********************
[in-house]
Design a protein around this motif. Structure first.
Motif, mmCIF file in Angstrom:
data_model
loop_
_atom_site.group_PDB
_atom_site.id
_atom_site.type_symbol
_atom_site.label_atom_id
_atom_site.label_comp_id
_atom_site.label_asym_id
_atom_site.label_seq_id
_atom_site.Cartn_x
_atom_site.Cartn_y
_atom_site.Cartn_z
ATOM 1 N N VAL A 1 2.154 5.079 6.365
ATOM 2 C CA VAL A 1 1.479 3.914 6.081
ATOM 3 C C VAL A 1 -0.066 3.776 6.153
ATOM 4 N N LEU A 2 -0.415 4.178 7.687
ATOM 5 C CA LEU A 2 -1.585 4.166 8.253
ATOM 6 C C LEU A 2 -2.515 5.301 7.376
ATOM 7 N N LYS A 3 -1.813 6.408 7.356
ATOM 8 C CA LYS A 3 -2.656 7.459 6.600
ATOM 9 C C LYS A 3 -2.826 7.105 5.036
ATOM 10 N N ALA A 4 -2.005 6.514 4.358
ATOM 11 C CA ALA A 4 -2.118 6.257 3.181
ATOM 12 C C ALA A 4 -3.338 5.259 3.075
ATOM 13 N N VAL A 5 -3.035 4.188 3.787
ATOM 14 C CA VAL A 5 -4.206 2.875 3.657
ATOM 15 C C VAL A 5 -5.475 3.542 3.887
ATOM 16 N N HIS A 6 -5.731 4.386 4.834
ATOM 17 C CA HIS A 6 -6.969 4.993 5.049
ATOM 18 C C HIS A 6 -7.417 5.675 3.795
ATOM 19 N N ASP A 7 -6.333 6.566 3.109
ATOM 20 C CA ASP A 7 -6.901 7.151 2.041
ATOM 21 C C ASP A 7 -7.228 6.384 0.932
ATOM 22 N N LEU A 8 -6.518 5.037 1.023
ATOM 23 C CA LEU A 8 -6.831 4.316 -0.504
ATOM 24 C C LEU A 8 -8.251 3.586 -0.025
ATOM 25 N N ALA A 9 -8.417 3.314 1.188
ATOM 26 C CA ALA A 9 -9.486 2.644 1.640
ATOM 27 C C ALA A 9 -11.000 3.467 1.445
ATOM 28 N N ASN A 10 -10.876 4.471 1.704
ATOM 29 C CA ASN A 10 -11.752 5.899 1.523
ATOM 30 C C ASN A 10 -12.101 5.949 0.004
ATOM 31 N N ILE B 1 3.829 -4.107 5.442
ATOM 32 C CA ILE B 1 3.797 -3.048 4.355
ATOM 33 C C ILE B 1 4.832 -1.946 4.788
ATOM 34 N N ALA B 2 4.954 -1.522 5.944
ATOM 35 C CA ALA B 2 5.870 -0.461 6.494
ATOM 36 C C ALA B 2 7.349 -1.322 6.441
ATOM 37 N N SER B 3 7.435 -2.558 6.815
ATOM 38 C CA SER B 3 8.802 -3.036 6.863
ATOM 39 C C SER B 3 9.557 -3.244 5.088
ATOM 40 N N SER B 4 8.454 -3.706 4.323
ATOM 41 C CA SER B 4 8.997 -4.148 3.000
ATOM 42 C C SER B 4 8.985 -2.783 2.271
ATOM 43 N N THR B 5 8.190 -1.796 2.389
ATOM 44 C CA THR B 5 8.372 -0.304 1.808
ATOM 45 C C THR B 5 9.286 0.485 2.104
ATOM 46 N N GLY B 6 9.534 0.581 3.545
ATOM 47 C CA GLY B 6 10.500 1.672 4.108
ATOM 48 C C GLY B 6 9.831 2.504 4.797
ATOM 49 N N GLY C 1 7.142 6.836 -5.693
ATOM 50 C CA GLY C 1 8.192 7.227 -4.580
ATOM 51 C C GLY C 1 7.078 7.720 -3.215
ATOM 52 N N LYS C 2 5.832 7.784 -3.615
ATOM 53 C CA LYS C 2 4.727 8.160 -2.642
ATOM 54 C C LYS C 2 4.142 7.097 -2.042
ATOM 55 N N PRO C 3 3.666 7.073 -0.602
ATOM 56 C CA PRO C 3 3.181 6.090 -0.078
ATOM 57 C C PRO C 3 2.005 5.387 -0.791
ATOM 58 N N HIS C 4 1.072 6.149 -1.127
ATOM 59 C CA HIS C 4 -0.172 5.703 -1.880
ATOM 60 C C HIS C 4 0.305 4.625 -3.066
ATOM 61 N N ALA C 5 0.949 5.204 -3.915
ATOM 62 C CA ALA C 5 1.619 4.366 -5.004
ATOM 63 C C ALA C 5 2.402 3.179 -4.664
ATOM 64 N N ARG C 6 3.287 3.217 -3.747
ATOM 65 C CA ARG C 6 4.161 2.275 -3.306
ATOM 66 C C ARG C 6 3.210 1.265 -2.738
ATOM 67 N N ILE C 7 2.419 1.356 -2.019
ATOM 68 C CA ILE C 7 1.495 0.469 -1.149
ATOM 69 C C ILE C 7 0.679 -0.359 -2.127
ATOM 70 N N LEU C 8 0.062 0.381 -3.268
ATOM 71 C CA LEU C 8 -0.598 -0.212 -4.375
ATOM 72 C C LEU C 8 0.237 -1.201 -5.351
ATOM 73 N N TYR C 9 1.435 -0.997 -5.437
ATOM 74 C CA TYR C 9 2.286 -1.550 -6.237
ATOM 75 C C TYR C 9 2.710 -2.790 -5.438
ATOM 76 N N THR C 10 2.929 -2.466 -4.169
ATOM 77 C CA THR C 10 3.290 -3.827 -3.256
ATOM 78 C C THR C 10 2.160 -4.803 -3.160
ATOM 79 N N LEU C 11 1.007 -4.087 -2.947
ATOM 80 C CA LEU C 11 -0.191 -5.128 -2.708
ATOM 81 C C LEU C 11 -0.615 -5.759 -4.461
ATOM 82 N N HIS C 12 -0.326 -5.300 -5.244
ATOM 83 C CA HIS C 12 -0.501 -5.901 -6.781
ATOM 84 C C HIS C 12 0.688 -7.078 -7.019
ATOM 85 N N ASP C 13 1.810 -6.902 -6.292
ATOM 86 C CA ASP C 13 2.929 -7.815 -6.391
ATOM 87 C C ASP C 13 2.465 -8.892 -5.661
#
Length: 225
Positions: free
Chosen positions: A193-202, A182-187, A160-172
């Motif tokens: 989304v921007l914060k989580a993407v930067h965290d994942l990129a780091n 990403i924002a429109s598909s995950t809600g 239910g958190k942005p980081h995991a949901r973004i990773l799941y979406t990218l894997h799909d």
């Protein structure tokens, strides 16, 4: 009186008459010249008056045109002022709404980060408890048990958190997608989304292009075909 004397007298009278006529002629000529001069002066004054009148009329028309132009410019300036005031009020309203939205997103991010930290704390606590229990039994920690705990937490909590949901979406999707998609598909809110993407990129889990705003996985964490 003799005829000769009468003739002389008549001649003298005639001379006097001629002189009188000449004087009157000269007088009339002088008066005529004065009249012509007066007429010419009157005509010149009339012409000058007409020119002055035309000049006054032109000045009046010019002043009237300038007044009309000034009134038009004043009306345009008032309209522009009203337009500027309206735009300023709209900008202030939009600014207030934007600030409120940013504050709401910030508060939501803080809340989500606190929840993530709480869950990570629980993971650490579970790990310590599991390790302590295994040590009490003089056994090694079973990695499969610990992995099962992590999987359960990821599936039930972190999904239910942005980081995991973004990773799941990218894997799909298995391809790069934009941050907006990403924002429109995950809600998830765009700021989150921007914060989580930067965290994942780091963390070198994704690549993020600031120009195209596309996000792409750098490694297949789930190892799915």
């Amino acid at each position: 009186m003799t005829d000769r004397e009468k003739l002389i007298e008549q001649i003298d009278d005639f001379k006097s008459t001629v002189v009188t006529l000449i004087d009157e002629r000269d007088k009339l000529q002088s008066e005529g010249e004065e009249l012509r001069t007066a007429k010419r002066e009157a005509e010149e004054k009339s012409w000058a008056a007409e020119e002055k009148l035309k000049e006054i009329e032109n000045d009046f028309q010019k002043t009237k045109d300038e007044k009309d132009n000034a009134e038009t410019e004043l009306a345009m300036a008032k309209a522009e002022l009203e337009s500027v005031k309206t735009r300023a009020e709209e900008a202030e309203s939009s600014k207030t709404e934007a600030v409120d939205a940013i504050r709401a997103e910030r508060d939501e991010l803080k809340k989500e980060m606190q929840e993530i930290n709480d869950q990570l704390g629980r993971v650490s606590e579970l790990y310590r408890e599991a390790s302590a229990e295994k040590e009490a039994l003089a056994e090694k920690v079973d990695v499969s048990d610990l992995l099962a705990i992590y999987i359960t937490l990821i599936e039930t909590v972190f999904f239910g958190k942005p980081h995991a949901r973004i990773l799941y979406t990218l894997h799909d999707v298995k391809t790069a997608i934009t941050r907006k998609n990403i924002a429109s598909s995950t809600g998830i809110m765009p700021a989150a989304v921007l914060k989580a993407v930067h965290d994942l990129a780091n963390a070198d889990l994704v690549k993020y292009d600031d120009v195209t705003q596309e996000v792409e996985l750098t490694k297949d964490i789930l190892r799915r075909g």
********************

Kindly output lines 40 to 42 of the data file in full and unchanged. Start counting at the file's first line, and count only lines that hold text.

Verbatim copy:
ATOM 25 N N ALA A 9 -8.417 3.314 1.188
ATOM 26 C CA ALA A 9 -9.486 2.644 1.640
ATOM 27 C C ALA A 9 -11.000 3.467 1.445